What should be noted here is that the 22 February 2006 letter mentions that the whole arrangement must be done through Ir. Hj Zubir bin Hj Ahmad, the Managing Director of Asasatu Technology Sdn Bhd. It also mentions that this is according to the request by Bank Negara. Therefore, Bank Negara was the one that stipulated Asasatu Technology Sdn Bhd would be fronting for the Malaysian government.
The USD50 billion will have to be paid back within ten years and carries an interest rate of between 2.88% to 3.5%. And it would of course have to be paid back in US Dollars and subject to whatever the exchange rate at that time would be. This means the USD50 billion is exposed to currency fluctuations and exchange risk.
Reading the three letters together, it is clear that Bank Negara has agreed that a private limited company currently in the process of being wound up is to be used as a front to borrow USD50 billion and that this company will act as a front for the Malaysian government so that it will not be seen that Malaysia is borrowing USD50 billion from overseas.
Secondly, the whole package was brokered by a Singapore outfit, but so as not to reveal that Singapore is involved, lest fingers start pointing to the prime Minister’s son-in-law, they shall put the whole thing through an Australian PO Box that will front as the ‘partner’ for the Malaysian outfit.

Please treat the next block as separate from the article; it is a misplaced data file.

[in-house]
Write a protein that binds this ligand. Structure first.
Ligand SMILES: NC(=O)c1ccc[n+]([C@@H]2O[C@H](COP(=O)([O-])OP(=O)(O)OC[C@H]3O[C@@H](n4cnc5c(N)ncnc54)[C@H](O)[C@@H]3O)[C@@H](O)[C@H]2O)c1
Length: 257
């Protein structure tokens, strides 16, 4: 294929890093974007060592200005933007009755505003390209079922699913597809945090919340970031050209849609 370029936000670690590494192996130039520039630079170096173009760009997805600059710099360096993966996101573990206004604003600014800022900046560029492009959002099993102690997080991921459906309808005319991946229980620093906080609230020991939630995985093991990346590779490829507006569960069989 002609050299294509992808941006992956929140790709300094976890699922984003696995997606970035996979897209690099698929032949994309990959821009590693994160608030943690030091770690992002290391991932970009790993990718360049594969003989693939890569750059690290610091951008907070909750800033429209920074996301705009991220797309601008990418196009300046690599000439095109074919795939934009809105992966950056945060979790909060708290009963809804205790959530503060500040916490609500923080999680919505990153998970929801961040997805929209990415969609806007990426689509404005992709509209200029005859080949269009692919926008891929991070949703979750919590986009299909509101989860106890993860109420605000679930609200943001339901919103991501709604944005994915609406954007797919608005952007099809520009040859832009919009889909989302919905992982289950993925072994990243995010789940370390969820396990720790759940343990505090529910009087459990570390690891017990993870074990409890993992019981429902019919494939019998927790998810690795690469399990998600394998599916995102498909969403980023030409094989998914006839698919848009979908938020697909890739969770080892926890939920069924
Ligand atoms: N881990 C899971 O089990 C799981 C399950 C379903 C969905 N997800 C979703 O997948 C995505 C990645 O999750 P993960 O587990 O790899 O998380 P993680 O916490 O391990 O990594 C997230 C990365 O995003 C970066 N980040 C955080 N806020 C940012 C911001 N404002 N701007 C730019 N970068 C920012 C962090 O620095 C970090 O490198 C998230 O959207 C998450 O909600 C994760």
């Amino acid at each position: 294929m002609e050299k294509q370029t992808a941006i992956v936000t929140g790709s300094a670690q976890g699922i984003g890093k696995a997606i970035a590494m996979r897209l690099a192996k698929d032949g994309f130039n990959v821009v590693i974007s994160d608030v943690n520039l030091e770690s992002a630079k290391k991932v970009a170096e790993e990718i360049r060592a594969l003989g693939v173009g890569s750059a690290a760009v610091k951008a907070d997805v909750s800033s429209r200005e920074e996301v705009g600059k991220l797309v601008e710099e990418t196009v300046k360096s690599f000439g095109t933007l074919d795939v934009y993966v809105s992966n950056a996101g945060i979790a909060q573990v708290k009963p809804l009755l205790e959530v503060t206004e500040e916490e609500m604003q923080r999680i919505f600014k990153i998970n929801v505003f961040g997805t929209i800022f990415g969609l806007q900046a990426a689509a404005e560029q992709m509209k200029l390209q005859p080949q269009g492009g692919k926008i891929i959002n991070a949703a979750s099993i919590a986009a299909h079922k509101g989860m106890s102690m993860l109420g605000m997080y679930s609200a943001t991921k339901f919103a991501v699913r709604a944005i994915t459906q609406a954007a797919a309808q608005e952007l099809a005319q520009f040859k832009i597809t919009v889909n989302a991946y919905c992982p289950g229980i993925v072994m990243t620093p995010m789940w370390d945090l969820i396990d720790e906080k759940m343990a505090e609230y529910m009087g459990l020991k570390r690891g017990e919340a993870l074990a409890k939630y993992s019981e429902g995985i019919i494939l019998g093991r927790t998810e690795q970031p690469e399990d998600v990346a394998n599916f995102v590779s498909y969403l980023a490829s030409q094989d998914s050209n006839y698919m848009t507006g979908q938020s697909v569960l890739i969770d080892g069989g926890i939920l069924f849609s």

Thirdly, the Malaysian government will not officially borrow the money and the borrower will instead be a small mama-papa private limited company called Asasatu Technology Sdn Bhd. This will keep the Malaysian government ‘clean’ of any foreign borrowings.
Finally, it is clear that when the Malaysian government announced the RM200 billion RMK9 in Parliament, they did not have the money to finance it. However, not wanting it to appear like the country is borrowing interest-bearing US Dollars, plus is subject to currency fluctuations, to finance its development plans, they used a small private limited company as a front which again used an Australian PO Box company which in turn is backed by Singapore.
In short, through many layers or levels of front companies and PO Box companies, Singapore is funding Malaysia’s development proudly touted as the Rancangan Malaysia Kesembilan or RMK9.
Further information on Asasatu Technology Sdn Bhd is as follows:
Address: No.1, Jalan Arowana 4, Kawasan Perniagaan Arowana, Permatang Pauh, P. Pinang
Tel: 604-3973211, 604-3974211